1. Limited time only! Sign up for a free 30min personal tutor trial with Chegg Tutors
    Dismiss Notice
Dismiss Notice
Join Physics Forums Today!
The friendliest, high quality science and math community on the planet! Everyone who loves science is here!

Homework Help: Differential of a 2-form

  1. Apr 15, 2012 #1
    1. The problem statement, all variables and given/known data

    Compute the differentials of the following form:

    2. Relevant equations

    f = exy dy ^ dz

    3. The attempt at a solution

    I'm a little confused on how to work with the wedge product. If I'm looking for df, should I start by calculating the dual f*? Or does the dual not come into play?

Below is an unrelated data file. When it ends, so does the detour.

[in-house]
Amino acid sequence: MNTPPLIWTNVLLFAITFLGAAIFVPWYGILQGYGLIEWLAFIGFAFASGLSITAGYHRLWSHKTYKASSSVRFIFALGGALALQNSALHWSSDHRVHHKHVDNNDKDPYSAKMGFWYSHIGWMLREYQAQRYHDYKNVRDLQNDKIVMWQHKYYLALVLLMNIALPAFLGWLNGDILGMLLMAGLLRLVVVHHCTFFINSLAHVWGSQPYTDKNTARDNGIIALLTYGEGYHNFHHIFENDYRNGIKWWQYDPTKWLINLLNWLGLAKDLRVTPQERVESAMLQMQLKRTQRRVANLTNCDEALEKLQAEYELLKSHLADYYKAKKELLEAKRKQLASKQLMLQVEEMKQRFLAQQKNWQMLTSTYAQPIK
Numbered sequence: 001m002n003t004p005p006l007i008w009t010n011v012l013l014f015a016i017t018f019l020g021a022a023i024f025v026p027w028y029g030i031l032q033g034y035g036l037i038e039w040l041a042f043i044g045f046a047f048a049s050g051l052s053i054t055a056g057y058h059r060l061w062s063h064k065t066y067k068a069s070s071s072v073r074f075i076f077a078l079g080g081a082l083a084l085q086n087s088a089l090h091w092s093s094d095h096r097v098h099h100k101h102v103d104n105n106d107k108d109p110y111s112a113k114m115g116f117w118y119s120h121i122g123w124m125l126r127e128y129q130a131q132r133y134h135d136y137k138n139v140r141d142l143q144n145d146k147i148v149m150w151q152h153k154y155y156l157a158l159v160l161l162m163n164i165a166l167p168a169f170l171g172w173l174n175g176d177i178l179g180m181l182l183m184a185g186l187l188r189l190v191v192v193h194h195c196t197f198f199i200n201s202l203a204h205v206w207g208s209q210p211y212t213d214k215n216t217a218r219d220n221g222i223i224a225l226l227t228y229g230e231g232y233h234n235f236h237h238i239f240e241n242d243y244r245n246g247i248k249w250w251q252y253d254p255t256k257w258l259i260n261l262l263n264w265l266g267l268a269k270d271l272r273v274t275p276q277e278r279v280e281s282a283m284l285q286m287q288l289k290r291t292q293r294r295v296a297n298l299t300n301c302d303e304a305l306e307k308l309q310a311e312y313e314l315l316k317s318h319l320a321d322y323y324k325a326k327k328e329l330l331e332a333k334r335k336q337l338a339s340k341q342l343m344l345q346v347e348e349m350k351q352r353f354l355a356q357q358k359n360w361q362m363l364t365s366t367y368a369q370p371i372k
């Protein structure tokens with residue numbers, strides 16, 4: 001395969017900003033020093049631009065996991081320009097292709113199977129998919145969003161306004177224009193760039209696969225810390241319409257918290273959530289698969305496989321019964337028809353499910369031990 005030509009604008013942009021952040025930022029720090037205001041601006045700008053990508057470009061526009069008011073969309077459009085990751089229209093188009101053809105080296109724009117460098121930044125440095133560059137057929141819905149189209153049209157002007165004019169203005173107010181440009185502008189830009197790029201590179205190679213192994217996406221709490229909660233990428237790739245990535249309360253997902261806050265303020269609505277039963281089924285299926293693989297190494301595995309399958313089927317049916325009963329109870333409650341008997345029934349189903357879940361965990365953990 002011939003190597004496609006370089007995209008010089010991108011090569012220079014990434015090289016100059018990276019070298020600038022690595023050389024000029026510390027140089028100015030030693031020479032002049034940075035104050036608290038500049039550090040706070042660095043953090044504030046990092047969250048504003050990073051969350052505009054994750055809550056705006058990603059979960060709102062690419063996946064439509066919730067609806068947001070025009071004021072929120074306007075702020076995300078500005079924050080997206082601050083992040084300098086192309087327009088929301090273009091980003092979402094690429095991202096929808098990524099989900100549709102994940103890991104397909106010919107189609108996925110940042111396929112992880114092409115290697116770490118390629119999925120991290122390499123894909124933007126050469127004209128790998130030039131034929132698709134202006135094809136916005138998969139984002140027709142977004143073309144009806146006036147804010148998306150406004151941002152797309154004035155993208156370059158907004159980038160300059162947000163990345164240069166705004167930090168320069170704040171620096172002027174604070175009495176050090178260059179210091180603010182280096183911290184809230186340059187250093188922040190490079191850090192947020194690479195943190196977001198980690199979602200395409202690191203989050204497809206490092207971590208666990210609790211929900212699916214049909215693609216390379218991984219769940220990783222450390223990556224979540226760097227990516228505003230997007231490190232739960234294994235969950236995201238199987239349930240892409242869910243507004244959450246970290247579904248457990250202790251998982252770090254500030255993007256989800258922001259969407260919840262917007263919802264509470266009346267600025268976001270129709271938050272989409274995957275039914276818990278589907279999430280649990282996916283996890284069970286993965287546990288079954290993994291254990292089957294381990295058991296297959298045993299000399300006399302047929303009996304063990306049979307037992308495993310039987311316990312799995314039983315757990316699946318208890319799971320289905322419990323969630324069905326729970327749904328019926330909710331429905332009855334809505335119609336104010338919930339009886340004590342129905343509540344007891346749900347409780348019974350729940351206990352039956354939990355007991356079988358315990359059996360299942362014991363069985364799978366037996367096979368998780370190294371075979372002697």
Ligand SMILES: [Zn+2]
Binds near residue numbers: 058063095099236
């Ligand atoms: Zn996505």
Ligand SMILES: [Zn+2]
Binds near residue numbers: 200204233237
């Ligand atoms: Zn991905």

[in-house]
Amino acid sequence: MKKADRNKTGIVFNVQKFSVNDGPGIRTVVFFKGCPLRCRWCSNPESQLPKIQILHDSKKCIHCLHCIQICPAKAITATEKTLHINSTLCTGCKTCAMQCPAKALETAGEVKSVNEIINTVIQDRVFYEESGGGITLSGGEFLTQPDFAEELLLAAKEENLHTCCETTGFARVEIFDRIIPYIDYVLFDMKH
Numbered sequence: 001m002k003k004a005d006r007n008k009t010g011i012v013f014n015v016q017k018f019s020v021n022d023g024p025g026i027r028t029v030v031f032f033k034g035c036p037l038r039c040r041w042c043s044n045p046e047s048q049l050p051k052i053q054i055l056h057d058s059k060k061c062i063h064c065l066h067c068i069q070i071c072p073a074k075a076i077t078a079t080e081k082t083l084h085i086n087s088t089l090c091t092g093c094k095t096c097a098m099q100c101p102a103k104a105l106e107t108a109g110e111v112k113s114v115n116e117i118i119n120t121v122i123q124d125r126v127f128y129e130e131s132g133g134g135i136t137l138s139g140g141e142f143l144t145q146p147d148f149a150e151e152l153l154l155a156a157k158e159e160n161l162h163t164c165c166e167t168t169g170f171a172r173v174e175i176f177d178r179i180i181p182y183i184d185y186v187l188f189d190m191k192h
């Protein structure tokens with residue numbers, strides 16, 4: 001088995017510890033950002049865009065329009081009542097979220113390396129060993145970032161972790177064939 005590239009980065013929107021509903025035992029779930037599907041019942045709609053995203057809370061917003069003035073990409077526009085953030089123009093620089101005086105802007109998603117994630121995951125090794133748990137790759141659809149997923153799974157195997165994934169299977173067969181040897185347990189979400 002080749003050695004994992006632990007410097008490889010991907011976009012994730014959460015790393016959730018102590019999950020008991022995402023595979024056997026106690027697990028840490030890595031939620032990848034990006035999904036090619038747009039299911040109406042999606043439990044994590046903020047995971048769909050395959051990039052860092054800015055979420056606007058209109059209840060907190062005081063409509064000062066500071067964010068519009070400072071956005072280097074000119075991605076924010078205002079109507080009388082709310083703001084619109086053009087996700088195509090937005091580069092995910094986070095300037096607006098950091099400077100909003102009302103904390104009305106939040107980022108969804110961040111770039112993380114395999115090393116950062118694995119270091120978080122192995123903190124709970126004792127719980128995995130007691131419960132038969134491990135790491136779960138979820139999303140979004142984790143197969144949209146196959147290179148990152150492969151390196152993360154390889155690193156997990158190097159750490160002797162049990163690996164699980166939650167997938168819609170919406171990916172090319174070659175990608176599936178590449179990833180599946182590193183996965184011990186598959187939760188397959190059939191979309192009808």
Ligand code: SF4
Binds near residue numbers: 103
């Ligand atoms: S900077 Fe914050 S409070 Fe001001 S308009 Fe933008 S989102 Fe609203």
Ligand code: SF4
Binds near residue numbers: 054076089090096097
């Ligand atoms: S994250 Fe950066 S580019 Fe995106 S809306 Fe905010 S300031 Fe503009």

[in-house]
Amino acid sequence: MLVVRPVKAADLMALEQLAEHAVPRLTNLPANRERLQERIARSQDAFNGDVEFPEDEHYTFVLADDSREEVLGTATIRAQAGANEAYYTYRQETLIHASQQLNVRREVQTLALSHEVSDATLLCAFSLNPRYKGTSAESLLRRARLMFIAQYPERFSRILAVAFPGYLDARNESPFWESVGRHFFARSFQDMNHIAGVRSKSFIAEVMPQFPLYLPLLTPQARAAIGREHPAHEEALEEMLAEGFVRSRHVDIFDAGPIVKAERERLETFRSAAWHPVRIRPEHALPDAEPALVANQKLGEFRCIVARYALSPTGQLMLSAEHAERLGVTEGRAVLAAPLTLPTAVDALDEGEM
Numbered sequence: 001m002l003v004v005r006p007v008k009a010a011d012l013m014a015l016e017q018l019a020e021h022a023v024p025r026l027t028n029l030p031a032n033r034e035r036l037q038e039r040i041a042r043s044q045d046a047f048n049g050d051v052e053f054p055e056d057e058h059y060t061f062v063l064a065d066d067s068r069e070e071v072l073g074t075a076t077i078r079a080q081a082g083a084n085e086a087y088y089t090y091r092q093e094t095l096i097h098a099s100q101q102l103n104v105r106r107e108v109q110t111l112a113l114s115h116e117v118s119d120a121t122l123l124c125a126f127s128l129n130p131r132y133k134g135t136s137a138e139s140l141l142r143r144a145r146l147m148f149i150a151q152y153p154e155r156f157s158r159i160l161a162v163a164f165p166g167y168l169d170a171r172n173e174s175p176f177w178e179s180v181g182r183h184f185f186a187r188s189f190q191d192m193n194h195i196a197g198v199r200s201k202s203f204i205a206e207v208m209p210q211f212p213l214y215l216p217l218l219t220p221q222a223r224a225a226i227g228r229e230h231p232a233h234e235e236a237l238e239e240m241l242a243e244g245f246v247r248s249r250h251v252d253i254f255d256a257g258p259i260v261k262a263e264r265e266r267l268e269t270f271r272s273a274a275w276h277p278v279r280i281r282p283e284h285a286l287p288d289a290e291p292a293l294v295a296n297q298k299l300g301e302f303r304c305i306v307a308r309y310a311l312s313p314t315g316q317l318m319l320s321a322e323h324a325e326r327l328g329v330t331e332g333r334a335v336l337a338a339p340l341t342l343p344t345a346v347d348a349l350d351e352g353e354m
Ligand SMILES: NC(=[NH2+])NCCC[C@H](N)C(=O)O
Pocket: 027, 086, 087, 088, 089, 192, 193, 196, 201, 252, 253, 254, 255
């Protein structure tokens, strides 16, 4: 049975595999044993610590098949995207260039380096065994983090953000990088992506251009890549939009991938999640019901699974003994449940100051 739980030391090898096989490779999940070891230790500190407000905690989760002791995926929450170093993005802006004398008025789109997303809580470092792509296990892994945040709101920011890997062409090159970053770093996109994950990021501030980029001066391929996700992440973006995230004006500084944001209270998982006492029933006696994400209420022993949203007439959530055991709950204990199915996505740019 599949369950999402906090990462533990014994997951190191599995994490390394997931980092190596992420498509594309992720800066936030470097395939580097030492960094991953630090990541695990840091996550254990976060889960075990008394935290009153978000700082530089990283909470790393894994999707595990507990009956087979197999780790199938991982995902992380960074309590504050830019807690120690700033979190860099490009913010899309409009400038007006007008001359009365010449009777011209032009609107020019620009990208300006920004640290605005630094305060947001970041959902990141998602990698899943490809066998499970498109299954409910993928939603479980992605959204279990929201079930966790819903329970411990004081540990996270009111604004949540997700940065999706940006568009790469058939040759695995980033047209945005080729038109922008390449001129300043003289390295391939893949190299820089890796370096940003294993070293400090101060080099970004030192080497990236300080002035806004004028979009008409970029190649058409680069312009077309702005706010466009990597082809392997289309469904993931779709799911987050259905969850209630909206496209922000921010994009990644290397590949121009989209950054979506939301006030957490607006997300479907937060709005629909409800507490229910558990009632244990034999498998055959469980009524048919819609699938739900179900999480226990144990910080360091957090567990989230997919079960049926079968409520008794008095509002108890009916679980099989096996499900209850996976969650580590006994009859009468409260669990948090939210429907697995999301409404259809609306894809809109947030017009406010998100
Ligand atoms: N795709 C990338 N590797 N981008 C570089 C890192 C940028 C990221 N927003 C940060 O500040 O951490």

2. jcsd
  3. Apr 15, 2012 #2

    HallsofIvy

    User Avatar
    Science Advisor

    No, there is no reason to worry about the dual. For any f, [itex]df= (\partial f/\partial x)dx+ (\partial f/\partial y)dy+ (\partial f/\partial z)dz[/itex].

    If
    [itex]f= e^{xy} dy^dz[/itex] then
    [tex]df= (\partial e^{xy}/\partial x)dx\^dy\^dz+ (\partial e^{xy}/\partial y)dy\^dy\^dz+ (\partial e^{xy}/\partial z)dz\^dy\^dz[/tex]
    Remember, of course, that the wedge product is "anti-symmetric".
     
  4. Apr 15, 2012 #3
    So

    df = yexy dx ^ dy ^ dz + xexy dy ^ dy ^ dz ? Is that the answer?
     
    Last edited: Apr 15, 2012
Share this great discussion with others via Reddit, Google+, Twitter, or Facebook